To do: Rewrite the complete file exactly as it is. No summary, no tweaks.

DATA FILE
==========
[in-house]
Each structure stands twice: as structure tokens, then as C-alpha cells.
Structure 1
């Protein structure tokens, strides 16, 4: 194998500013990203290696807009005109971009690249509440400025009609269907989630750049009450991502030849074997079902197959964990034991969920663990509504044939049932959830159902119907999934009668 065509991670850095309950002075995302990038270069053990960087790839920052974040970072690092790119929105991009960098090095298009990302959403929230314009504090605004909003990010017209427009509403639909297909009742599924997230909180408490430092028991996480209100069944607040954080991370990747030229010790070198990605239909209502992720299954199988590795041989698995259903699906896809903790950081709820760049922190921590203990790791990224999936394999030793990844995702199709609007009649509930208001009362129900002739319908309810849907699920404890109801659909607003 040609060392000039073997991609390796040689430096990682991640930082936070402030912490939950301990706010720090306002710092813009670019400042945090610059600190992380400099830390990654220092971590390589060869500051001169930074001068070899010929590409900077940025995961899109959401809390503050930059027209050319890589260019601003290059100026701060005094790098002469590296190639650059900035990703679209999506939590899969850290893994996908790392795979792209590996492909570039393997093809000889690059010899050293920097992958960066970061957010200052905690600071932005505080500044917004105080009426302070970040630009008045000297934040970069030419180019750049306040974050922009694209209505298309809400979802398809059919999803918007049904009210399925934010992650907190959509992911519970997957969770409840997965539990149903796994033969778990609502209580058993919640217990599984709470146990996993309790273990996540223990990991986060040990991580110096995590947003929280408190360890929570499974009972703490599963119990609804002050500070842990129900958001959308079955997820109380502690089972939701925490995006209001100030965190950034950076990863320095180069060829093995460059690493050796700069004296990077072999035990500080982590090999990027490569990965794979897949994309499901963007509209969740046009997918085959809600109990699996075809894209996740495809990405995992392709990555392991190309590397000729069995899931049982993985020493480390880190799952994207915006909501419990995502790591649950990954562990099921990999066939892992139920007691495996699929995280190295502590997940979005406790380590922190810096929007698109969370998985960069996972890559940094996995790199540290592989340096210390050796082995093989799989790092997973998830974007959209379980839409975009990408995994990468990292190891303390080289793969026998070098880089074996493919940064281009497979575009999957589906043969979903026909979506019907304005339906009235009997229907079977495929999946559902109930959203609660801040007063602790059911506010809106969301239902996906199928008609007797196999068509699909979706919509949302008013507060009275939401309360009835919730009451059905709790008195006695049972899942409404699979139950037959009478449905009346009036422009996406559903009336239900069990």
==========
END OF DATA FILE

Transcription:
[in-house]
Each structure stands twice: as structure tokens, then as C-alpha cells.
Structure 1
């Protein structure tokens, strides 16, 4: 194998500013990203290696807009005109971009690249509440400025009609269907989630750049009450991502030849074997079902197959964990034991969920663990509504044939049932959830159902119907999934009668 065509991670850095309950002075995302990038270069053990960087790839920052974040970072690092790119929105991009960098090095298009990302959403929230314009504090605004909003990010017209427009509403639909297909009742599924997230909180408490430092028991996480209100069944607040954080991370990747030229010790070198990605239909209502992720299954199988590795041989698995259903699906896809903790950081709820760049922190921590203990790791990224999936394999030793990844995702199709609007009649509930208001009362129900002739319908309810849907699920404890109801659909607003 040609060392000039073997991609390796040689430096990682991640930082936070402030912490939950301990706010720090306002710092813009670019400042945090610059600190992380400099830390990654220092971590390589060869500051001169930074001068070899010929590409900077940025995961899109959401809390503050930059027209050319890589260019601003290059100026701060005094790098002469590296190639650059900035990703679209999506939590899969850290893994996908790392795979792209590996492909570039393997093809000889690059010899050293920097992958960066970061957010200052905690600071932005505080500044917004105080009426302070970040630009008045000297934040970069030419180019750049306040974050922009694209209505298309809400979802398809059919999803918007049904009210399925934010992650907190959509992911519970997957969770409840997965539990149903796994033969778990609502209580058993919640217990599984709470146990996993309790273990996540223990990991986060040990991580110096995590947003929280408190360890929570499974009972703490599963119990609804002050500070842990129900958001959308079955997820109380502690089972939701925490995006209001100030965190950034950076990863320095180069060829093995460059690493050796700069004296990077072999035990500080982590090999990027490569990965794979897949994309499901963007509209969740046009997918085959809600109990699996075809894209996740495809990405995992392709990555392991190309590397000729069995899931049982993985020493480390880190799952994207915006909501419990995502790591649950990954562990099921990999066939892992139920007691495996699929995280190295502590997940979005406790380590922190810096929007698109969370998985960069996972890559940094996995790199540290592989340096210390050796082995093989799989790092997973998830974007959209379980839409975009990408995994990468990292190891303390080289793969026998070098880089074996493919940064281009497979575009999957589906043969979903026909979506019907304005339906009235009997229907079977495929999946559902109930959203609660801040007063602790059911506010809106969301239902996906199928008609007797196999068509699909979706919509949302008013507060009275939401309360009835919730009451059905709790008195006695049972899942409404699979139950037959009478449905009346009036422009996406559903009336239900069990």